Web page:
Oil train safety tops the list of priorities for environmental groups, which outlined their goals Wednesday for Washington's new legislative session.
Right now, rail companies share little information with state agencies that would respond if a train derailed in the Pacific Northwest. Environmental groups would like the Washington Legislature to change that. It's 60-day session got underway this week.
“What we’re looking at with this legislation is: What is it that Washington state can do? How do we start to get a handle on the major changes that are happening in our state?” said Darcy Nonemacher, legislative director for Washington Environmental Council.
The Environmental Priorities Coalition is proposing four components in what they’re calling the Oil Transportation Safety Act.
1. Right-to-know infrastructure
This would make oil refineries and terminals report on a quarterly basis to the Department of Ecology:
“That would be publicly available, available for first responders and local governments to get a better handle on what is it that is moving through the state,” Nonemacher said.
2. More tugboat escorts
Right now the Department of Ecology has a requirement for oil tankers in Puget Sound to have one tugboat escort. The coalition would like the department to be able to add one or more tug escorts in other places around the state, like Gray’s Harbor and along the Columbia River.
3. Better emergency response plans
The coalition would like state, local, and federal spill response plans to be evaluated. That’s so vulnerable places could be better prepared.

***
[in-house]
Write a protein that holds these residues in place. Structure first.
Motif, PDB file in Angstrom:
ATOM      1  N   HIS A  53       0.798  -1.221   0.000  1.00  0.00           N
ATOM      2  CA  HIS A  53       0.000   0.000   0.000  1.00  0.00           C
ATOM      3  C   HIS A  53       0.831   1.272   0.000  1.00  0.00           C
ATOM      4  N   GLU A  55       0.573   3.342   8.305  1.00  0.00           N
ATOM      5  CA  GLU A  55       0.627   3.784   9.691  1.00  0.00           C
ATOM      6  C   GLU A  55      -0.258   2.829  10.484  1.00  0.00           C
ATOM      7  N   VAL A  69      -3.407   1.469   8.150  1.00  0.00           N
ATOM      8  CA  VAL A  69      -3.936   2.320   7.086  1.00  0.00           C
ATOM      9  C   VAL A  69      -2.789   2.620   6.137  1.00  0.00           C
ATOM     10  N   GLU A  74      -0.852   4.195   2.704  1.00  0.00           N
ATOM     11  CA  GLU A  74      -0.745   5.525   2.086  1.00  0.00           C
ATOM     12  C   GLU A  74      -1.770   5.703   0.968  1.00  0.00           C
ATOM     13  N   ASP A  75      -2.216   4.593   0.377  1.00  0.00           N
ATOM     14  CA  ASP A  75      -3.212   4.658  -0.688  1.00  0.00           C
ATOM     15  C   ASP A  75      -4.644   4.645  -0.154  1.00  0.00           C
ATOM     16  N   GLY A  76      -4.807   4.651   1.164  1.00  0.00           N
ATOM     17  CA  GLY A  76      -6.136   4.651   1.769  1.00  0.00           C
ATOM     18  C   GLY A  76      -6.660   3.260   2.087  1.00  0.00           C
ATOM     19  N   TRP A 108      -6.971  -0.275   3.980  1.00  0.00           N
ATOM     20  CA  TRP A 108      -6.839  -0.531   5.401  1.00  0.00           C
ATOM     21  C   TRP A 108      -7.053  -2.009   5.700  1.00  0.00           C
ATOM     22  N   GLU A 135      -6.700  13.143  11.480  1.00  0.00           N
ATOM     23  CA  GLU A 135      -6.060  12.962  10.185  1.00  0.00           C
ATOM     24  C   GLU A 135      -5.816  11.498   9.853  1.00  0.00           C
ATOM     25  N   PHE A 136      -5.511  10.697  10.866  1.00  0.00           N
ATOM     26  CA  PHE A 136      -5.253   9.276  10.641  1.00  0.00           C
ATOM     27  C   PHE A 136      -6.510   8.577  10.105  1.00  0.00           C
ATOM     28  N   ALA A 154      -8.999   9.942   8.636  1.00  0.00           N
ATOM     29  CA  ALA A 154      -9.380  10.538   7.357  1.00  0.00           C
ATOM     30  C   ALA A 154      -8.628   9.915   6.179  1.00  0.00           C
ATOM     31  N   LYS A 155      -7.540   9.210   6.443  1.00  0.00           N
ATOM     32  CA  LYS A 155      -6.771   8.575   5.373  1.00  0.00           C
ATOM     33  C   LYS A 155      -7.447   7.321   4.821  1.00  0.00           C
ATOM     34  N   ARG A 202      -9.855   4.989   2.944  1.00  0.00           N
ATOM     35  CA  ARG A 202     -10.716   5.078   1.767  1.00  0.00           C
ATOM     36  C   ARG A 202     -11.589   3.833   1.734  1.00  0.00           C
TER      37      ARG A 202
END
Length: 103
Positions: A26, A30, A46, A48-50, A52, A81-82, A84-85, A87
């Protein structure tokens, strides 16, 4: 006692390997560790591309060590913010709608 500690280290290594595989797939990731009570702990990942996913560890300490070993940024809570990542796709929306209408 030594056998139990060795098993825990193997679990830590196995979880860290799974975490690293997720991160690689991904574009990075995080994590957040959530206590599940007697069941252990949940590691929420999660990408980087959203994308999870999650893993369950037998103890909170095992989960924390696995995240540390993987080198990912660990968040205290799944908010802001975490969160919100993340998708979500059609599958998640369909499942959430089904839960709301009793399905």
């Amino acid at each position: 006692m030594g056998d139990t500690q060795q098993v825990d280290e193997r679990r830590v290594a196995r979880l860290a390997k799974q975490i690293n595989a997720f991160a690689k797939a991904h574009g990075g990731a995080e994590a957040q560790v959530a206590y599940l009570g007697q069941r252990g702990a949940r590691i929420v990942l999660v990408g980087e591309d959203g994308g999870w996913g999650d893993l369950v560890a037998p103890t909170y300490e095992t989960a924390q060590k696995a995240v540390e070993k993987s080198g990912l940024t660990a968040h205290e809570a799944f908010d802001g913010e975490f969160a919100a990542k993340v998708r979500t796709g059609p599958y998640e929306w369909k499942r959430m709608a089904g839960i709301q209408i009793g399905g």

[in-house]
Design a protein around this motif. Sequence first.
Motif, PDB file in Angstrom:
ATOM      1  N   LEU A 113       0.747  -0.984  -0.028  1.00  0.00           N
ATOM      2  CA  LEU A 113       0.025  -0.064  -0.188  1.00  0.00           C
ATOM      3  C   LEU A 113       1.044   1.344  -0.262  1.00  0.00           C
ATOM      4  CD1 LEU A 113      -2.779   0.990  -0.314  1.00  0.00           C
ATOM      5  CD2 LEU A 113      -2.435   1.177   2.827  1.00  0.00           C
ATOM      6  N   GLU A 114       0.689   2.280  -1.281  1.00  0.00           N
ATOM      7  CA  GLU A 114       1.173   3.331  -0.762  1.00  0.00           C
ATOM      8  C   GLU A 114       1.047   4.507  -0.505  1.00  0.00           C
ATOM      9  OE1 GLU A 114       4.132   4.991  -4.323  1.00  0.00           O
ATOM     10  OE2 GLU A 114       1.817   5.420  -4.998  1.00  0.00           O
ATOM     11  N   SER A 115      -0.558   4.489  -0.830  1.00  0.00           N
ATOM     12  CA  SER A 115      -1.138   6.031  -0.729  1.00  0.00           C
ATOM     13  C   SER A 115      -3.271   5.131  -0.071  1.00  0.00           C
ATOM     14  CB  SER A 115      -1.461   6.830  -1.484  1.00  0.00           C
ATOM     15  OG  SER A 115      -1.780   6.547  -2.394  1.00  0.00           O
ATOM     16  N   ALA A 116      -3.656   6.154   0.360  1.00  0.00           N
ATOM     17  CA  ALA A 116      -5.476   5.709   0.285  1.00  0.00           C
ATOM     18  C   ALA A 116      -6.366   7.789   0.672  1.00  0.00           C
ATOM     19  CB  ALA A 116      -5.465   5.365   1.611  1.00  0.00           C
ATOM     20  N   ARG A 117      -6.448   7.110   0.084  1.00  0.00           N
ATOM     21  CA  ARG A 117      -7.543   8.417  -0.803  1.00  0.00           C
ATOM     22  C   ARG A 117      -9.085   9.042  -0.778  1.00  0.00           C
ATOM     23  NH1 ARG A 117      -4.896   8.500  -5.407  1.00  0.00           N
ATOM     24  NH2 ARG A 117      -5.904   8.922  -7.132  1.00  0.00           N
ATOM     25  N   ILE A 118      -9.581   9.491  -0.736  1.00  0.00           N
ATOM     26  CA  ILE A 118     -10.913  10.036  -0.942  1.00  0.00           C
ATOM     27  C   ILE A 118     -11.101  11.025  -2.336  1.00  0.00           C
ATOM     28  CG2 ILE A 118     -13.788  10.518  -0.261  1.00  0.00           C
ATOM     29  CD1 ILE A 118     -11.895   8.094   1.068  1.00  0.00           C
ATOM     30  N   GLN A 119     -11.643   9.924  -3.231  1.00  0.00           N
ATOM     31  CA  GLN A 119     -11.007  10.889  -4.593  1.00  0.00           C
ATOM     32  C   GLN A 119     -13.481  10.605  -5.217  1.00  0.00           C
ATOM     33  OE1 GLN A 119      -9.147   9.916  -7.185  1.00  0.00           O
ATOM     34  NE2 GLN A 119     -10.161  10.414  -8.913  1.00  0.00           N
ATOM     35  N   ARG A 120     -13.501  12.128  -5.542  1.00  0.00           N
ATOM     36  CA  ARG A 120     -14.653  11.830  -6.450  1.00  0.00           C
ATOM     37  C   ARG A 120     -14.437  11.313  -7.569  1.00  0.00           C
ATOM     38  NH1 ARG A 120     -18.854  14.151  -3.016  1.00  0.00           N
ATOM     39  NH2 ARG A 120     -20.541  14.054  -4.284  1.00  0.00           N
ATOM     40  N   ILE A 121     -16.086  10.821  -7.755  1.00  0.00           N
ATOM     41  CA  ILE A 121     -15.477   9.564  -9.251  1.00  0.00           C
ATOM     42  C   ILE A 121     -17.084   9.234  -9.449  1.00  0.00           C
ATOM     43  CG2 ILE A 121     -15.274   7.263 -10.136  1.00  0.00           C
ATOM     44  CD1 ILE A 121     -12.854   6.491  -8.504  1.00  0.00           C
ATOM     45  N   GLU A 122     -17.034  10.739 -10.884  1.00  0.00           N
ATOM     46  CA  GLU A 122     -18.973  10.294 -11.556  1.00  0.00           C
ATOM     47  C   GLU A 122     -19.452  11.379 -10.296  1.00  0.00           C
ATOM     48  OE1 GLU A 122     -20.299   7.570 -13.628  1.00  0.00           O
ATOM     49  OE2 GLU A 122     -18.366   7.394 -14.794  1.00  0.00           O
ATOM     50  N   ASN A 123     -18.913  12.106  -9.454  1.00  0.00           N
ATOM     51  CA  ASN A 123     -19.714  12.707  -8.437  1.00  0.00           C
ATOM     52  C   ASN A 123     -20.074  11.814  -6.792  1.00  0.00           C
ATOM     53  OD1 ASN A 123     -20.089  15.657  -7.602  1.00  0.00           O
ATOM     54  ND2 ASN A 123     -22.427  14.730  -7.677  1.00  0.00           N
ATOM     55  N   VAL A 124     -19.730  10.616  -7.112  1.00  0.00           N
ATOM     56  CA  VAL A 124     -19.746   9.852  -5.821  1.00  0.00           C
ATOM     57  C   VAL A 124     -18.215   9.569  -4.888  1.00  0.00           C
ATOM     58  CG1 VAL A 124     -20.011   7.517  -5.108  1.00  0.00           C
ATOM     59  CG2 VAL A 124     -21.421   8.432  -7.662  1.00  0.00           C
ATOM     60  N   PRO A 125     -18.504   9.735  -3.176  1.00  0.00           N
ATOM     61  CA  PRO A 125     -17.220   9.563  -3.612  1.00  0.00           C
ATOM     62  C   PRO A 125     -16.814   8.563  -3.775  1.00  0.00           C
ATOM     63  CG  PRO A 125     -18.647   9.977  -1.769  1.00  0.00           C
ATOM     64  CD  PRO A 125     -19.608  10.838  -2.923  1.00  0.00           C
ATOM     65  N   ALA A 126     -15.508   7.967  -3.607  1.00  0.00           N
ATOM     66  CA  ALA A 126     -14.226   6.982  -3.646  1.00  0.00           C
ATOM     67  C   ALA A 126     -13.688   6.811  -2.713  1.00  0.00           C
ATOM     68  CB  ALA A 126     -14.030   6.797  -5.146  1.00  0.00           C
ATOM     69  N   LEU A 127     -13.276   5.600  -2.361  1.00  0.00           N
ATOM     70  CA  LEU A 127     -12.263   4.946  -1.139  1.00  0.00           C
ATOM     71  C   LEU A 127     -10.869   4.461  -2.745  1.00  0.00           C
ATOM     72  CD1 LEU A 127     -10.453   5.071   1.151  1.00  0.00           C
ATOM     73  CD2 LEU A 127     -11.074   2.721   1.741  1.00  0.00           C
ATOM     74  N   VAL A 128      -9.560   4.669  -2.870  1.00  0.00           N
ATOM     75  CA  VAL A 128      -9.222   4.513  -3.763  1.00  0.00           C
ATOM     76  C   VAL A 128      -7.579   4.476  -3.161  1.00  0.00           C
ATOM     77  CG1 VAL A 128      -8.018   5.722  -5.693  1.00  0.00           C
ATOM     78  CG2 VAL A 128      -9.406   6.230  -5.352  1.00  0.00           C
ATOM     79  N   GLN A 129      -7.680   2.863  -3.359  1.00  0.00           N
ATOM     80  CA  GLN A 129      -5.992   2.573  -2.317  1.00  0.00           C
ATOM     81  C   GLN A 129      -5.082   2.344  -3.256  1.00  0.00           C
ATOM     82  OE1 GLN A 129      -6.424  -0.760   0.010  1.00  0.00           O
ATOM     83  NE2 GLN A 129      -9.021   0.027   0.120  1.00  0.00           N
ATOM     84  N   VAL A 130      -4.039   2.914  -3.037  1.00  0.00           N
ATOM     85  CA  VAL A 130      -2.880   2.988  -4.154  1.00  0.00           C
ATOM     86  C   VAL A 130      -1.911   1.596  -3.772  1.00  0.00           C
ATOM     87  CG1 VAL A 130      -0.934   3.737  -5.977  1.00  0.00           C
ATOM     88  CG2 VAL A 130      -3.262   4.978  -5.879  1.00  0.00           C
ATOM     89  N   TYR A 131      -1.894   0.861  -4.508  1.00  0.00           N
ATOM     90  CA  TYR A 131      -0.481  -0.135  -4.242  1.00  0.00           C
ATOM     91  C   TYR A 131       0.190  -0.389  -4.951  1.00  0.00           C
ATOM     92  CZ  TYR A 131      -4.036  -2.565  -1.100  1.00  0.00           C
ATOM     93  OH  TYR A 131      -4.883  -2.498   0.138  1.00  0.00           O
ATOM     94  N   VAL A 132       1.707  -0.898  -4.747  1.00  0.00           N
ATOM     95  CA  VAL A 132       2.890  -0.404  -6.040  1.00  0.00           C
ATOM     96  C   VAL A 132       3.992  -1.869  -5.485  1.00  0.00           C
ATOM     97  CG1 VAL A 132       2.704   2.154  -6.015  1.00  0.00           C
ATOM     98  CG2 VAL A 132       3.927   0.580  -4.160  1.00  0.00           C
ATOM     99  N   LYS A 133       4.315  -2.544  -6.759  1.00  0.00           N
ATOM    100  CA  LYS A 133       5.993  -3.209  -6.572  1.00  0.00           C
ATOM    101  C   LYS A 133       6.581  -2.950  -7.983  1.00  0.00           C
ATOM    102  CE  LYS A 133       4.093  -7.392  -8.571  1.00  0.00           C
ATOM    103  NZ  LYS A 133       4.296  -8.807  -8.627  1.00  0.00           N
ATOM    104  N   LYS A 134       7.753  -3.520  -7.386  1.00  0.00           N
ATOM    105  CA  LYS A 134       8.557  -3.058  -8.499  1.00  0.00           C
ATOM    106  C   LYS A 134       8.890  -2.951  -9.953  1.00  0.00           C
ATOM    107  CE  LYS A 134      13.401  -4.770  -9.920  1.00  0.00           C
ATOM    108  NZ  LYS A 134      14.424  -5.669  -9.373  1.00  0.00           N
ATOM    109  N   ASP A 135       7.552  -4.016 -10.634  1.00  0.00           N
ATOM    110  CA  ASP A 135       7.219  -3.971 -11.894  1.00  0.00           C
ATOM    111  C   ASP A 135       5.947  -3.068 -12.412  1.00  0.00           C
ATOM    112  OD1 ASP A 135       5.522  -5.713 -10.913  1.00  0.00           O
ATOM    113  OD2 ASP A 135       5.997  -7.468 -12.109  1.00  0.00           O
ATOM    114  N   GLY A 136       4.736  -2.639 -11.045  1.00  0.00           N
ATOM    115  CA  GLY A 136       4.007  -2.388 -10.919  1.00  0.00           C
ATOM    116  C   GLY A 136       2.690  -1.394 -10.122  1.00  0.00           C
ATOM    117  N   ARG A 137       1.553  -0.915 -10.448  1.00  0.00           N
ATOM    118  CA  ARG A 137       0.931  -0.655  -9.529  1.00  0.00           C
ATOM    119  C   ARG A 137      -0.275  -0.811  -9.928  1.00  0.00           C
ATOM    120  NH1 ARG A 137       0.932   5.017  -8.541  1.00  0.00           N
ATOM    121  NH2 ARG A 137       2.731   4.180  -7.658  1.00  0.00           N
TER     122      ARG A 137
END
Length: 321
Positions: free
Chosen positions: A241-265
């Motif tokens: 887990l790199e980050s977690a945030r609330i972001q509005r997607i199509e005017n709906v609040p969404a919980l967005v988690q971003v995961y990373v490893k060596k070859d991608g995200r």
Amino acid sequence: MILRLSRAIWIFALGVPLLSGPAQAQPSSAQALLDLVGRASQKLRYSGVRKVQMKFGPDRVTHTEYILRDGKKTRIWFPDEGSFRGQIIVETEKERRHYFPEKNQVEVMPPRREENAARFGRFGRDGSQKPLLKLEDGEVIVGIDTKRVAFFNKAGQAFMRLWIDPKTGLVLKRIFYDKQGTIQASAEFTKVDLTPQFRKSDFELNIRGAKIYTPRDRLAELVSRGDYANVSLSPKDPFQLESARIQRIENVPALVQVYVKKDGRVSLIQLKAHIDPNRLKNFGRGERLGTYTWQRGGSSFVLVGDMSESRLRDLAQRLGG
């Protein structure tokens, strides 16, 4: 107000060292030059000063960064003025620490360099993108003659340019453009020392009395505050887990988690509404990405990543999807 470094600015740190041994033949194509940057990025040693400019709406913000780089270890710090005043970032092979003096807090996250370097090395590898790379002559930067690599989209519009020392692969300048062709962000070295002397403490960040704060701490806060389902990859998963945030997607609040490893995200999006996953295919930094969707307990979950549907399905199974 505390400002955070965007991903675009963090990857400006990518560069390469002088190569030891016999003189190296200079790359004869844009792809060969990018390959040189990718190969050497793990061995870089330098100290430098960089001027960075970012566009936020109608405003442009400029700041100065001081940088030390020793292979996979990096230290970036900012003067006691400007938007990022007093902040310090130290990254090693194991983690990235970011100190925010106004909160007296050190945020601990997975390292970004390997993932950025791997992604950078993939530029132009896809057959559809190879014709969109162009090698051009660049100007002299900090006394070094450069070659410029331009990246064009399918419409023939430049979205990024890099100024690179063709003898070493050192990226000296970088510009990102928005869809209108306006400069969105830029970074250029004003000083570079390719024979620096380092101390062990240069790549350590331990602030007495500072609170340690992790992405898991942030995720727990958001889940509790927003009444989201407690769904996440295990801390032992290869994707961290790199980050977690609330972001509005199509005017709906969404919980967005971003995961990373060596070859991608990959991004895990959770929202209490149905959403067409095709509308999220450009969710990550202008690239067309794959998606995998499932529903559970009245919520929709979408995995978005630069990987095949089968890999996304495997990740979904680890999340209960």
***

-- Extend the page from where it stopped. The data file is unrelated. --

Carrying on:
Some oil spill prevention measures are in place already Puget Sound, much of it designed for ships transporting Alaskan crude. The BNSF Railway has also conducted safety training in areas around Washington and Oregon.
“There are huge gaps in our oil spill prevention system in the outer coast, on the Columbia River. And now that we see more oil coming by rail, the inland communities like Spokane and the Tri-Cities are now in the discussion about oil accident and spill prevention,” Nonemacher said.
4. Increased penalties for unsafe tugboats and barges
Navigation in places like Puget Sound can be difficult. This would impose harsher penalties for unsafe practices, like putting boats on autopilot, in areas where operators should pay more attention.
The groups acknowledge that it may be a fight to pass this type of reform.
“These are fundamental policy questions that need to be addressed. It will take a multiyear effort to get where we need to go,” said Cliff Traisman, state lobbyist for Washington Conservation Voters and Washington Environmental Council.
The coalition is also proposing legislation to eliminate a tax exemption used by oil companies, which was originally intended to benefit sawmills when it was created in 1949.